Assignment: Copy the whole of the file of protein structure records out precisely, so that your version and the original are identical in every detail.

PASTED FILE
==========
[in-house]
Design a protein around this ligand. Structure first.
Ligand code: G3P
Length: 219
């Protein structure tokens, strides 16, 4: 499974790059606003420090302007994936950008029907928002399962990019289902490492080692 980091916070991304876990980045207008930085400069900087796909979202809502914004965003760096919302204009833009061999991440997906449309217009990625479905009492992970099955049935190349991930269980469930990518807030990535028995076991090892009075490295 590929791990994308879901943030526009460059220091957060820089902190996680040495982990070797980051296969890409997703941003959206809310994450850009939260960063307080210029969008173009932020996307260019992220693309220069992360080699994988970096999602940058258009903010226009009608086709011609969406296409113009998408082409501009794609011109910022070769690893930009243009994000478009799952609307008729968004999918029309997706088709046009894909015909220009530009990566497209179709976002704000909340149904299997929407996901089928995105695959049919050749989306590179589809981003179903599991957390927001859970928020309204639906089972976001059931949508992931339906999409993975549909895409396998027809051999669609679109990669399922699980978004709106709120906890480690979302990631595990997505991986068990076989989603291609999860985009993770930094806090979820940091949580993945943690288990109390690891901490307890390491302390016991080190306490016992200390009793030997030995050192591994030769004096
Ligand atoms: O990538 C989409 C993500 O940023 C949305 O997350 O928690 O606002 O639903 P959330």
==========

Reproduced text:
[in-house]
Design a protein around this ligand. Structure first.
Ligand code: G3P
Length: 219
């Protein structure tokens, strides 16, 4: 499974790059606003420090302007994936950008029907928002399962990019289902490492080692 980091916070991304876990980045207008930085400069900087796909979202809502914004965003760096919302204009833009061999991440997906449309217009990625479905009492992970099955049935190349991930269980469930990518807030990535028995076991090892009075490295 590929791990994308879901943030526009460059220091957060820089902190996680040495982990070797980051296969890409997703941003959206809310994450850009939260960063307080210029969008173009932020996307260019992220693309220069992360080699994988970096999602940058258009903010226009009608086709011609969406296409113009998408082409501009794609011109910022070769690893930009243009994000478009799952609307008729968004999918029309997706088709046009894909015909220009530009990566497209179709976002704000909340149904299997929407996901089928995105695959049919050749989306590179589809981003179903599991957390927001859970928020309204639906089972976001059931949508992931339906999409993975549909895409396998027809051999669609679109990669399922699980978004709106709120906890480690979302990631595990997505991986068990076989989603291609999860985009993770930094806090979820940091949580993945943690288990109390690891901490307890390491302390016991080190306490016992200390009793030997030995050192591994030769004096
Ligand atoms: O990538 C989409 C993500 O940023 C949305 O997350 O928690 O606002 O639903 P959330």